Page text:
Learning knots is easy thanks to various websites and apps. Try or Nothing will make a boater saltier (and handier) than a little knot knowledge.

Learn Dinghy Basics

9. Don’t forget to spend some time this winter with the little boat — the tender. This is your car, your transport to the shore-side bar and your exploration vehicle. Many people give no thought to learning to drive a dinghy, which is why there are so many bad dinghy drivers.

Learn to load a dinghy safely, especially if you venture out with a lot of newbies. Don’t assume everyone knows how to step into or out of a dinghy — specifically if they’re young or old. Teach them to tie up a dinghy: a bowline on a long painter is great. Don’t tie up a dinghy so tightly that nobody else can get to the dock. Keep hands, feet, pets, etc., away from the engine and prop. Never drive on plane through an anchorage or a diving/snorkeling site, and always drive with awareness. Take the time to teach kids to drive — they’ll love the practice.

Consider better ways to launch and retrieve the tender, in order to make these operations safer and faster. If you’re particularly daring, and the water’s not too cold, practice a beach landing or two. The water always looks shallower just before you jump in, and pulling a loaded dinghy up onto the beach is never as easy as you think.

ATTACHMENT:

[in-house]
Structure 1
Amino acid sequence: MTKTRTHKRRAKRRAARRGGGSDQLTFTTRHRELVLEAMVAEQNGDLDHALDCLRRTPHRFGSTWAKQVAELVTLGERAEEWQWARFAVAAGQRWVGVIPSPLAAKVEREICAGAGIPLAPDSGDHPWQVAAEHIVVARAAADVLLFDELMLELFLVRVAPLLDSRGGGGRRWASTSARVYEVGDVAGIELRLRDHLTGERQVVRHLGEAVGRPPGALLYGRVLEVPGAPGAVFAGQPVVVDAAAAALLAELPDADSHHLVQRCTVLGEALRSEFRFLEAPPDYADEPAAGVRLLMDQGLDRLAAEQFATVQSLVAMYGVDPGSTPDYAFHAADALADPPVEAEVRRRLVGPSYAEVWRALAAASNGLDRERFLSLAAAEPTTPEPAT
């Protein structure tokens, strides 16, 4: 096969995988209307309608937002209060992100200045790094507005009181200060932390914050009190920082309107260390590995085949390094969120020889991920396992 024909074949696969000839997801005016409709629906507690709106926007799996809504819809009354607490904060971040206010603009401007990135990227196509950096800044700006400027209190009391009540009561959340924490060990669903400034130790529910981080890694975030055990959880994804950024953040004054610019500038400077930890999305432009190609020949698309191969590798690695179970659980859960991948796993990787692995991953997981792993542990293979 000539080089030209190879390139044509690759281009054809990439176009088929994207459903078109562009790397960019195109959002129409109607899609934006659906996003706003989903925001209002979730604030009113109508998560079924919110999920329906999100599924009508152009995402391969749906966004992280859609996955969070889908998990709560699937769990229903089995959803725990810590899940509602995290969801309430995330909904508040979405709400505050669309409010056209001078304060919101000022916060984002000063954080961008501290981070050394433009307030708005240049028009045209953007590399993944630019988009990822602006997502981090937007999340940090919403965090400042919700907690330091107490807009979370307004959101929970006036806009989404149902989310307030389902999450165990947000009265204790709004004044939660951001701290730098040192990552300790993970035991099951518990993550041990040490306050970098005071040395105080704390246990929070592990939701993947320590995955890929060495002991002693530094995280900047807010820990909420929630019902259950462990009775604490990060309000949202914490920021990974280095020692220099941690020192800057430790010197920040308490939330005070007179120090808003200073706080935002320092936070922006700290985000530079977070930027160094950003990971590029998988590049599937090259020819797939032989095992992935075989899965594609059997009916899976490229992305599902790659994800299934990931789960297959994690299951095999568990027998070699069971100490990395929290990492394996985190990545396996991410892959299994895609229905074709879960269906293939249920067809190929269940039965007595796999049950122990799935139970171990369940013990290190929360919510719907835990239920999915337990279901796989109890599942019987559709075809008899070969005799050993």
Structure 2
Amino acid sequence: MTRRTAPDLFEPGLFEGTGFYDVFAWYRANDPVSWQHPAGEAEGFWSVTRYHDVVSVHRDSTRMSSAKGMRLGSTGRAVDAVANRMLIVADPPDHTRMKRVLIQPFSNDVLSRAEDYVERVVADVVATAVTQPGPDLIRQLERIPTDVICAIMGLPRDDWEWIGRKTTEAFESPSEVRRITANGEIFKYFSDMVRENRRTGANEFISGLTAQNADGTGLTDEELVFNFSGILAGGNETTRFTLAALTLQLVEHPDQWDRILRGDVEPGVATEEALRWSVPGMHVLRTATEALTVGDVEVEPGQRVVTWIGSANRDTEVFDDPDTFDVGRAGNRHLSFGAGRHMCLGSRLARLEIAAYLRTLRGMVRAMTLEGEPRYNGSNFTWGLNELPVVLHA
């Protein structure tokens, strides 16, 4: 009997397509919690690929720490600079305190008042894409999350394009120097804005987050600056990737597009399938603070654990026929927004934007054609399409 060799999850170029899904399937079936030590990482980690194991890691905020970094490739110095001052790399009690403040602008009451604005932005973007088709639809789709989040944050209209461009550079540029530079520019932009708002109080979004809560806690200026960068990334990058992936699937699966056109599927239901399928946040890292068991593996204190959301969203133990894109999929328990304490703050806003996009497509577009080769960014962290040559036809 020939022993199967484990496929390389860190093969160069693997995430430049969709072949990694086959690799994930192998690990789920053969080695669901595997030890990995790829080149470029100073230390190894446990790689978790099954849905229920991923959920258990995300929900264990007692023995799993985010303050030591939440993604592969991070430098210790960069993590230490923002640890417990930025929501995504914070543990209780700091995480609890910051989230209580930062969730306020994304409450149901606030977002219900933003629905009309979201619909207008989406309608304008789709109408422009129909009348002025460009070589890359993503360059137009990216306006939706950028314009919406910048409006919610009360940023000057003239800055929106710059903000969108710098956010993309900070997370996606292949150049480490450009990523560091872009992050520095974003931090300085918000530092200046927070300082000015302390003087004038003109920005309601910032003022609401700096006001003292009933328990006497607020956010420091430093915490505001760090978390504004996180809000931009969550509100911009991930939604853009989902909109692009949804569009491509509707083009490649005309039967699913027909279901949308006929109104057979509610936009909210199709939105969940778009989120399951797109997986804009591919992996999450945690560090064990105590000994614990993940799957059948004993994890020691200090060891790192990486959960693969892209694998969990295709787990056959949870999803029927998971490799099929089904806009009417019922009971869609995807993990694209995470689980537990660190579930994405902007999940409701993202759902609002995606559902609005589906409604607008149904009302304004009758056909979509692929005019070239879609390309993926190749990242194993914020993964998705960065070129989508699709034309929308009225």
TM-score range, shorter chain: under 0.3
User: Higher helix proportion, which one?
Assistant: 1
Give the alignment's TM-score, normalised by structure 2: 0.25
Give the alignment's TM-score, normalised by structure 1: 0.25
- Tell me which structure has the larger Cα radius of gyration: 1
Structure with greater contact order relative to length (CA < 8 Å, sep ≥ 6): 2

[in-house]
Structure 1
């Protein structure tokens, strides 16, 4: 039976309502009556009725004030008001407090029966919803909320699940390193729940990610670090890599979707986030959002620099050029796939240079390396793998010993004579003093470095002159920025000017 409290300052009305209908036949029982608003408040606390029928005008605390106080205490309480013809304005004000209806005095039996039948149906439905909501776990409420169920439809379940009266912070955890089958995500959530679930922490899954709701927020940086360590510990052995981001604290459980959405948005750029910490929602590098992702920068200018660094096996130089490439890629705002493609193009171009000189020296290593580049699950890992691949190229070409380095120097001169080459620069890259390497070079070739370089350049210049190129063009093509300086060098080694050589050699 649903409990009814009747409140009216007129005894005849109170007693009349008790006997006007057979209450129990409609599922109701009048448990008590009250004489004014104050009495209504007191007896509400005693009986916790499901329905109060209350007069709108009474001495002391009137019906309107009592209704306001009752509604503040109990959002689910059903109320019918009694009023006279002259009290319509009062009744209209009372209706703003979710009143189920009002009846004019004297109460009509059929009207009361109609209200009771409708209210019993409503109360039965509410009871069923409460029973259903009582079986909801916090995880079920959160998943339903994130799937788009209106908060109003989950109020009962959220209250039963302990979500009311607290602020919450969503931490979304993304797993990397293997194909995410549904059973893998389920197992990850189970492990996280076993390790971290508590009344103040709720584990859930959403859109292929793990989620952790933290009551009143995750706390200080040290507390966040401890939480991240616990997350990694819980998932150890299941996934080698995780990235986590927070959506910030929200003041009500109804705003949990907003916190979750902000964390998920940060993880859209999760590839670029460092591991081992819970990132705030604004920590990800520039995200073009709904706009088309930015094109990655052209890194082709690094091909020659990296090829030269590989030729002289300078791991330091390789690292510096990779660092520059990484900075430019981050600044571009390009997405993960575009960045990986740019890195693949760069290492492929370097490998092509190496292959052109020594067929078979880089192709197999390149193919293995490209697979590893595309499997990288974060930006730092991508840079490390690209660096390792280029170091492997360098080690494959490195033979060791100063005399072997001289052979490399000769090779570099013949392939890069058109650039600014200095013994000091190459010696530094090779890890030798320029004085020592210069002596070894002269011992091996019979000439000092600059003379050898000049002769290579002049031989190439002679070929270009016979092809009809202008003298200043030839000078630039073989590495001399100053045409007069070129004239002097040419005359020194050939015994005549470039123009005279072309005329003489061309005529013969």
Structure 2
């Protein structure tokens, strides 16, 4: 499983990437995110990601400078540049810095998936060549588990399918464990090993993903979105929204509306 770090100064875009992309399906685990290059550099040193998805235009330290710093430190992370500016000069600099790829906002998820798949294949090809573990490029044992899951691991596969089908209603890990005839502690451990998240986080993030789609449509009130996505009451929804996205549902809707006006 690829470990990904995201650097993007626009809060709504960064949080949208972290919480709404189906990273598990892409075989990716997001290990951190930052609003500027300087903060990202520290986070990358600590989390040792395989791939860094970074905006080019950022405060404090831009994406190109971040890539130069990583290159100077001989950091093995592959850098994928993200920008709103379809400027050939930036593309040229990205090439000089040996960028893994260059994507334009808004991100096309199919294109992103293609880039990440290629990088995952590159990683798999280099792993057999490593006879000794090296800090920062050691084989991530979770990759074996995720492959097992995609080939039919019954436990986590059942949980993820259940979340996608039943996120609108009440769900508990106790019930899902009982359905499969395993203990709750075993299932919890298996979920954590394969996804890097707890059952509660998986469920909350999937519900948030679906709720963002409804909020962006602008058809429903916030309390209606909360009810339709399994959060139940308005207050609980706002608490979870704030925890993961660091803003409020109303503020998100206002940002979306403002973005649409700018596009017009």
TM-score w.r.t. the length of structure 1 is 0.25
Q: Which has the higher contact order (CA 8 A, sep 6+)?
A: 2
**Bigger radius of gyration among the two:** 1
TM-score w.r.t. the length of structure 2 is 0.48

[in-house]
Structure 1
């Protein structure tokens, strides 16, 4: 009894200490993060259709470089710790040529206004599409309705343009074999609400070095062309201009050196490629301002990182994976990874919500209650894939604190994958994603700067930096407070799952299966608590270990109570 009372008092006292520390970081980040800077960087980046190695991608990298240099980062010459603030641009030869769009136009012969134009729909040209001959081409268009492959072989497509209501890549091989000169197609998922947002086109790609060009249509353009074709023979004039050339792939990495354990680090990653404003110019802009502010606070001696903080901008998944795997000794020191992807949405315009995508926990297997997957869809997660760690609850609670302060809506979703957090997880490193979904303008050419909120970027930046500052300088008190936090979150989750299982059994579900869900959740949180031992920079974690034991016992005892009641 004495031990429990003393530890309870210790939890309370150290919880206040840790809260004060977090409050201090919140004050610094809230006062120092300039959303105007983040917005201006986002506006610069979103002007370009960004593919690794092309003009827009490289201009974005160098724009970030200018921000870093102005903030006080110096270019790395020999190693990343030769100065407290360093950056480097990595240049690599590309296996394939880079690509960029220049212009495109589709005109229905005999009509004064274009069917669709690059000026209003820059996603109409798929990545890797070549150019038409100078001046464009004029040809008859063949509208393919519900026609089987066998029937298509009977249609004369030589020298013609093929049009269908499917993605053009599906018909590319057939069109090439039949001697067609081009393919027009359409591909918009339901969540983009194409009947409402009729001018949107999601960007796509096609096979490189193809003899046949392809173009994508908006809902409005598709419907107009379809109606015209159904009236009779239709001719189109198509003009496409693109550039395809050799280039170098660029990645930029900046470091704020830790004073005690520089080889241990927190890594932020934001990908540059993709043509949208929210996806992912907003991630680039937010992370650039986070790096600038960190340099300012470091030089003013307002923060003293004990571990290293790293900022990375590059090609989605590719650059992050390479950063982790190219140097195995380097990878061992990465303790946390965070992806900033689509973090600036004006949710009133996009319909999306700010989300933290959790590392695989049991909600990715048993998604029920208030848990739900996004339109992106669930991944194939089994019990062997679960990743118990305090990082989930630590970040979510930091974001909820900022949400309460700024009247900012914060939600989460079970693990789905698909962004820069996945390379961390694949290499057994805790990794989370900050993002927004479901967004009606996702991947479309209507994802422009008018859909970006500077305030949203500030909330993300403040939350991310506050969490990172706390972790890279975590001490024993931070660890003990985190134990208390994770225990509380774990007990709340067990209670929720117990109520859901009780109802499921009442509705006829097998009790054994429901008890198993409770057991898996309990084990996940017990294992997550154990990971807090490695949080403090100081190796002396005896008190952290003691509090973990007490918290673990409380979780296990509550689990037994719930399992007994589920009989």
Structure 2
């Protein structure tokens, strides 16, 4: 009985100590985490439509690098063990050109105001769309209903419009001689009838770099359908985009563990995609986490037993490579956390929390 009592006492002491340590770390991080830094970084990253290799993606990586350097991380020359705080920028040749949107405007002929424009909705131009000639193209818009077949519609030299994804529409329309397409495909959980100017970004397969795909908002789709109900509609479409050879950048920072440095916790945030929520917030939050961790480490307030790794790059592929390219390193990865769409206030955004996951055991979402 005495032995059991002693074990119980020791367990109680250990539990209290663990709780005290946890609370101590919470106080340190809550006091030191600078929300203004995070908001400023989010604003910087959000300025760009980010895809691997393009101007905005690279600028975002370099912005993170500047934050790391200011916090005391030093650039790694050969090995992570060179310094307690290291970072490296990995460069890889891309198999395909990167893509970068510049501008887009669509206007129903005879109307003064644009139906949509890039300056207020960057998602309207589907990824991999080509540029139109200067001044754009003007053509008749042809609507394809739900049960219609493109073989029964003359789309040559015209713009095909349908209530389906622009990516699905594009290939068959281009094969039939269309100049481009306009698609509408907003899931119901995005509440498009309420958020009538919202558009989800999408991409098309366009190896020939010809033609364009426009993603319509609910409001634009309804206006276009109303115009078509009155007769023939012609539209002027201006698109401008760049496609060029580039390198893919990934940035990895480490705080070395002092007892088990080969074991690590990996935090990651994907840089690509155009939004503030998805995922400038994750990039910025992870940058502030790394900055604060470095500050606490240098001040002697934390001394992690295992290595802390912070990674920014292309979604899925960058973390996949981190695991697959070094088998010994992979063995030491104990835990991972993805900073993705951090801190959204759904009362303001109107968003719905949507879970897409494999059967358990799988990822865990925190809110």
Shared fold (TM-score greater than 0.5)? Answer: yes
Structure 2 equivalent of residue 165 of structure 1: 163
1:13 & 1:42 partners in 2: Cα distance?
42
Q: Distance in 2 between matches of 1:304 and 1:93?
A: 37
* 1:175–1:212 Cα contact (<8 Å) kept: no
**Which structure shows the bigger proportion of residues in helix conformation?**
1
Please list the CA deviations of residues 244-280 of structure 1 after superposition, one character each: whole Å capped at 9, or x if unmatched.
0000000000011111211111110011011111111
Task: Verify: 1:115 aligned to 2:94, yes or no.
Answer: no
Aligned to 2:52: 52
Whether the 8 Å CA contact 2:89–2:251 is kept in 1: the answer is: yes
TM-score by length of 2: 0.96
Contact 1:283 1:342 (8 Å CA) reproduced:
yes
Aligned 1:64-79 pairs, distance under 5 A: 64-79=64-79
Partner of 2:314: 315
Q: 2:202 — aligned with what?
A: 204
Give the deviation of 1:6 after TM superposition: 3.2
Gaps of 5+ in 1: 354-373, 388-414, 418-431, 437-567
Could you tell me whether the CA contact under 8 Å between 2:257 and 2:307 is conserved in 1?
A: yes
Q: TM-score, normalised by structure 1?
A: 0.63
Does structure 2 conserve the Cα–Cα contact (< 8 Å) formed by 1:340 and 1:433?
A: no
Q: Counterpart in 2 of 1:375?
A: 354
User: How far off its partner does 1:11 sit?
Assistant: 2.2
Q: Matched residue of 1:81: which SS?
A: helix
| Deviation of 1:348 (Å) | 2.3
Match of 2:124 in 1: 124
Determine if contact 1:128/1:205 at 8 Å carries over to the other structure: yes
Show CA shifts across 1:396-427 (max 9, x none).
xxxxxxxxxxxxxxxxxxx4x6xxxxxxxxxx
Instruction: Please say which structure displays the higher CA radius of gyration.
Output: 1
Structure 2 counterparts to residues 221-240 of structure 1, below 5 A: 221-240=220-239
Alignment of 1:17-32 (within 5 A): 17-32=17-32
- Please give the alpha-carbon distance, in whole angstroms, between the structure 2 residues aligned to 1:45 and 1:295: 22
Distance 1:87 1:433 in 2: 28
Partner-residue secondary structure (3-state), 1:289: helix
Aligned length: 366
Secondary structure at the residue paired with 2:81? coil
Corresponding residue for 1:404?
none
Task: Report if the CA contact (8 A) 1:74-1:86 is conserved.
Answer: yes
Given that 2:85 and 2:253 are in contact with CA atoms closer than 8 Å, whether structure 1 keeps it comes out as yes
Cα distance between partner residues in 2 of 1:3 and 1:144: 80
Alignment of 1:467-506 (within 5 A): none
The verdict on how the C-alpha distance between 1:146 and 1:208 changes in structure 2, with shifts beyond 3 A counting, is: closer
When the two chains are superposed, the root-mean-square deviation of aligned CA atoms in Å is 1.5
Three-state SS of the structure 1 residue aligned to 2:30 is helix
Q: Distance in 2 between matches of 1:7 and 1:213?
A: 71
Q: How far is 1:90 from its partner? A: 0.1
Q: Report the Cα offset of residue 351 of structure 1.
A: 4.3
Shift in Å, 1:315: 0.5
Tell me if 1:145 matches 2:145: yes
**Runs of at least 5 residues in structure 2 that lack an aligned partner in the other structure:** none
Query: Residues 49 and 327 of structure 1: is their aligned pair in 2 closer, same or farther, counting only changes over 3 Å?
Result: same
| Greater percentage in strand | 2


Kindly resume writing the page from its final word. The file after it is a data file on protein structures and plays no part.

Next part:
Take a Basic Diesel Management course

10. I’ll never be a diesel mechanic, but knowing the basics will save my bacon and make me look like a hero. OCC Sailing in Southern California offers “Diesel in a Day” courses that cover bleeding the injectors, changing oil and impellers, clearing water strainers, replacing belts, and managing fuel and oil filters. If there’s not a convenient course near you, offer to pay your mechanic for a day of his time and get hands-on training with your specific engine(s). Don’t forget about the genset.

Become a Student Again

11. Smart people spend their lives learning, so don’t be afraid (or embarrassed) to become a student again. Take some classes in weather or coastal navigation, especially if you feel a bit rusty. The U.S. Coast Guard Auxiliary and Power Squadron offer courses that will reinforce one’s boating mindset. offers online captain’s courses, and even if you don’t need a Coast Guard license, it’s a great way to get smarter on all things nautical. YouTube and are good sources for how-to videos about everything from docking to fishing, so spend some time in front of a screen.